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Not Retiring

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  • | 3:35 p.m. January 7, 2011
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For the last 40 years, Tom James has been at the helm of Raymond James Financial Inc., the St. Petersburg financial services company co-founded by his father in the early 1960s.

He relinquished his CEO duties in May 2010 to retain the title of executive chairman, but it doesn't mean he's retired.

“I've gone from a 70-hour work week to 50 hours,” James said during a recent interview at the company's Carillon headquarters. Now at age 67, he remains as active on a daily basis at Raymond James as he did when he took on the title of CEO in 1970 and doesn't show any inclination of slowing down.

An avid supporter of the arts, James served as president of the Salvador Dali Museum in St. Petersburg, which will open its new $36 million bayfront location Jan. 11. He expects the new museum, designed with hints of the same surrealism demonstrated in Dali's own works, to become an even stronger draw for local tourists and residents.

“The Dali is going to be a great addition to downtown St. Petersburg,” says James, who also owns a vast collection of Southwestern art at Raymond James headquarters worthy of its own museum. “A lot of money and effort has gone into creating this iconic facility with the great collection that we have.”

James is deeply involved in other aspects of the community, including serving as immediate past chairman of the Florida Council of 100, chairman of the board of the Chi Chi Rodriguez Youth Foundation and prior chairman of the Florida Council of Economic Education. He is also active as a board member of the United Way of Pinellas County and was founding chairman of the organization's Alexis de Tocqueville Society.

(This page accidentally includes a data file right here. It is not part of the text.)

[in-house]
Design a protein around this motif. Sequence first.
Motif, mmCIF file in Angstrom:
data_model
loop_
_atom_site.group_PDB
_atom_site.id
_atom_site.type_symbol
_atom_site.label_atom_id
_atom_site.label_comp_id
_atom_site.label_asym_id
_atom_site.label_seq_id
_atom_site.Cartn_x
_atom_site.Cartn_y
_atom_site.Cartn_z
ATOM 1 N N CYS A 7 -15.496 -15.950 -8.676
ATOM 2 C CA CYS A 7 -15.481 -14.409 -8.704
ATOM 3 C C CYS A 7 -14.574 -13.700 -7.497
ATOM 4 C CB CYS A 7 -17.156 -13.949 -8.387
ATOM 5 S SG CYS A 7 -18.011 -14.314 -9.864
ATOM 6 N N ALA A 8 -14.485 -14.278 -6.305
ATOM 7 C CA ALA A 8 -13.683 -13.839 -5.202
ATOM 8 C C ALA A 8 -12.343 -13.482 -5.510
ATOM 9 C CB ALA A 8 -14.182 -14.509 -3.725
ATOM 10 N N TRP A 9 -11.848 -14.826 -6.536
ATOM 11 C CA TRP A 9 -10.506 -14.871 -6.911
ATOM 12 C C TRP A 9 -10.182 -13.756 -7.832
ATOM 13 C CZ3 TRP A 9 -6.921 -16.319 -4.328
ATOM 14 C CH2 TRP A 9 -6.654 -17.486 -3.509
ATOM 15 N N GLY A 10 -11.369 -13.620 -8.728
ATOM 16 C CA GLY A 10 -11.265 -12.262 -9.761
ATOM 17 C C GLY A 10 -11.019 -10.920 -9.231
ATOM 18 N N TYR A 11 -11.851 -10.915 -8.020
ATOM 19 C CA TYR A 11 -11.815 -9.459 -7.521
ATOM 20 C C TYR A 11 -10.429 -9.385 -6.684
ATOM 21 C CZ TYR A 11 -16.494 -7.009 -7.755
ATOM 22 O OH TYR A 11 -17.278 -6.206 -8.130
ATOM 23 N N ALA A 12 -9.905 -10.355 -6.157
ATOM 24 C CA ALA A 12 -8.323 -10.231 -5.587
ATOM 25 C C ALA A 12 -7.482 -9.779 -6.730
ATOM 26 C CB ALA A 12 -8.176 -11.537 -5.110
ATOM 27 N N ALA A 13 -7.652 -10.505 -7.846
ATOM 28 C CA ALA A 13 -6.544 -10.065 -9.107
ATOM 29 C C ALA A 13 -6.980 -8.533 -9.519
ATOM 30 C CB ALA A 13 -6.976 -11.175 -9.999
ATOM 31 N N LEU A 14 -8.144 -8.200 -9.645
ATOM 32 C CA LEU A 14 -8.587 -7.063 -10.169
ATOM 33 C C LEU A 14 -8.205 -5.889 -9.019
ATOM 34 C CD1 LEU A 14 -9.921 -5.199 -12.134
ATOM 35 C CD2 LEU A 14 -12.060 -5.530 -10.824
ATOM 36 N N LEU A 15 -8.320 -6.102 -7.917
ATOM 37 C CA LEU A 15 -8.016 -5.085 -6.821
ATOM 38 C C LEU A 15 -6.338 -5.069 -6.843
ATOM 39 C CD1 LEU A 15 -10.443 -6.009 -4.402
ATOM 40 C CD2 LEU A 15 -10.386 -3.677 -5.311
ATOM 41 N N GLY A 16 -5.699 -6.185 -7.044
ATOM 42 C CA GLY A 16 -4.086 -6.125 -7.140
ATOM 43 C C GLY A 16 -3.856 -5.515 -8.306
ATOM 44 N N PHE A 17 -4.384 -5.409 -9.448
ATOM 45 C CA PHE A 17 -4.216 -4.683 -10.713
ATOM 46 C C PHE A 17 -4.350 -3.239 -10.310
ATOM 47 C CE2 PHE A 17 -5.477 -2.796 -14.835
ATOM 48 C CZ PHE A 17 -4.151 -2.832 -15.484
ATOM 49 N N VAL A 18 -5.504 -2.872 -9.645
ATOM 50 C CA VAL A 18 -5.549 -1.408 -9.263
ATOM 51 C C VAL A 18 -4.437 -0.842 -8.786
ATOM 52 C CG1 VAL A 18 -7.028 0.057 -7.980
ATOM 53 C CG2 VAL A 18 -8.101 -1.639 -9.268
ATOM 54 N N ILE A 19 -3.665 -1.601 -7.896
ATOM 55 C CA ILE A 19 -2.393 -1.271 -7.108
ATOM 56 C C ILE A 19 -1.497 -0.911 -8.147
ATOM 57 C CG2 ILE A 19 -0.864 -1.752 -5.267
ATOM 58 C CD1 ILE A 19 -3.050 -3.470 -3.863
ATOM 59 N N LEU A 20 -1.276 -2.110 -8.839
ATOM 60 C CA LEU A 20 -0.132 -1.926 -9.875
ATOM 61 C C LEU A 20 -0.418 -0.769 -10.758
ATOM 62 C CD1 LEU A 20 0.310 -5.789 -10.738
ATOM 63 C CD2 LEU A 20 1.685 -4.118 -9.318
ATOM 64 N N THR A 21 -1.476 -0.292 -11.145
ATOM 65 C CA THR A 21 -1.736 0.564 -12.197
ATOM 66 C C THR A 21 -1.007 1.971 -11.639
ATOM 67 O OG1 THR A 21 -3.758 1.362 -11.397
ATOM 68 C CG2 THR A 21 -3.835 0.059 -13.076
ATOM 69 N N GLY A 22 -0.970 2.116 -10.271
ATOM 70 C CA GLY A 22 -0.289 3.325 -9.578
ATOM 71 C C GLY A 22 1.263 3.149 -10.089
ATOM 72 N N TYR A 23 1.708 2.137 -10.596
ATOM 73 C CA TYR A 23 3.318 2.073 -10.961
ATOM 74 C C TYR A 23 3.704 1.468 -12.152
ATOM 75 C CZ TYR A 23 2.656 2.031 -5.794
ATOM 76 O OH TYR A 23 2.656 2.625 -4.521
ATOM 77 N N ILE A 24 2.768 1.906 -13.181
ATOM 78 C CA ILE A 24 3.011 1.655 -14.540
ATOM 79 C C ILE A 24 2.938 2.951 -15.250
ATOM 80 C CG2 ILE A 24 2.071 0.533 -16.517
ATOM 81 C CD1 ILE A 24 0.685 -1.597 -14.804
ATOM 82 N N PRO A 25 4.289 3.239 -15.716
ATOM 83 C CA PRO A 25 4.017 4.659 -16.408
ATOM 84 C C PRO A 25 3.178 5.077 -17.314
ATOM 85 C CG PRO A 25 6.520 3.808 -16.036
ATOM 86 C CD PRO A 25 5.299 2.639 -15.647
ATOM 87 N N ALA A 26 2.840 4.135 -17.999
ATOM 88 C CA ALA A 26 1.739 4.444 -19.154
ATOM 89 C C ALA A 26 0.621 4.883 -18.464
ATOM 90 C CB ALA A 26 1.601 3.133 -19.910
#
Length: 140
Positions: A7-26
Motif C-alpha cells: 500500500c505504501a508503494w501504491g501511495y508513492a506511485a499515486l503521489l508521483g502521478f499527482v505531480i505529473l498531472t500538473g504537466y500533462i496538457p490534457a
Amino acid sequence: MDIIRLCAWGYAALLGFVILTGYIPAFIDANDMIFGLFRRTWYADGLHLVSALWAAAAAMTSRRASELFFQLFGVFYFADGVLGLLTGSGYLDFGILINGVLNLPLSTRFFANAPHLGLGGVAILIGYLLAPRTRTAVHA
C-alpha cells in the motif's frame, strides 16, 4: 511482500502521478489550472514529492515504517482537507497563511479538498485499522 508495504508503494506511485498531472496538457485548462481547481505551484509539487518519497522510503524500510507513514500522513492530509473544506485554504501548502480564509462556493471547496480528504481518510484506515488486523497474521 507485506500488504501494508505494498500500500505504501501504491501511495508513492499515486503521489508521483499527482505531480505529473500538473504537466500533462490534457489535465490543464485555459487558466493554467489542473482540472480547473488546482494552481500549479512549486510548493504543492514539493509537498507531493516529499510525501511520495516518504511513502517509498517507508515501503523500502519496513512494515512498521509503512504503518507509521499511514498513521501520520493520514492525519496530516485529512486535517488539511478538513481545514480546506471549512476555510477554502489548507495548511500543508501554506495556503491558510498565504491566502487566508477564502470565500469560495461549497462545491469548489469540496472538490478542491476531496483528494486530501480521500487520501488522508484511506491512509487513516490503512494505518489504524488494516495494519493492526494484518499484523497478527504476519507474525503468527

His opinion matters on all things of importance in Pinellas County. Ask him what he thinks about the proposal for a new Tampa Bay Rays baseball stadium, and he answers quickly that the team should stand by the one it has now.

“I happen to like the existing stadium,” he says. “I like the location, I like what it has done for the area.”

James adds that the previous proposal to build a new Rays stadium along the city's waterfront “was the worst idea I ever heard of, with the rain, the heat and the lightning we have.” He says he favors making improvements to Tropicana Field and believes the Rays should live up to their commitment to play there through 2027.

Speaking of stadiums, Raymond James is committed to paying at least $3 million annually through 2016 to keep its name on Tampa's publicly funded football stadium, where the Tampa Bay Buccaneers and University of South Florida Bulls play. James says the deal, which has been in place since the stadium's 1997 opening, has brought the company invaluable name recognition over the years but can be confusing at times.

“If you ask a cab driver at the airport to take you to Raymond James, they might take you to the stadium instead,” he says with a chuckle.

James watched with keen interest the effort to fund light rail in Tampa by way of a penny sales tax hike in Hillsborough County that failed in the Nov. 2 election. He says Pinellas County should consider its own local rail system, and an effort has already begun to come up with a regional plan linking commuter rail with the proposed high-speed rail between Tampa and Orlando.

“It's hard to get people in a place like Florida to not take their cars,” James says. “But the use of light rail in the Tampa Bay region is a great idea and we need to do it. It's not as good as it would be in a highly concentrated population center, but I think it will work here. Those of us in business here are going to make sure it happens, otherwise it won't work as well.”

James' involvement in the financial services industry extends beyond the Tampa Bay area. He is the past chairman of the Financial Services Roundtable, the Securities Industry Association and the District 7 Business Conduct Committee of the National Association of Securities Dealers. He is also a past president of the Florida Security Dealers Association.

He currently serves on the board of dean's advisors at Harvard Business School, where he graduated with high distinction in 1966 and was a Baker Scholar. He also earned a juris doctor from Stetson College of Law and obtained his certified financial planner (CFP) designation in 1978.


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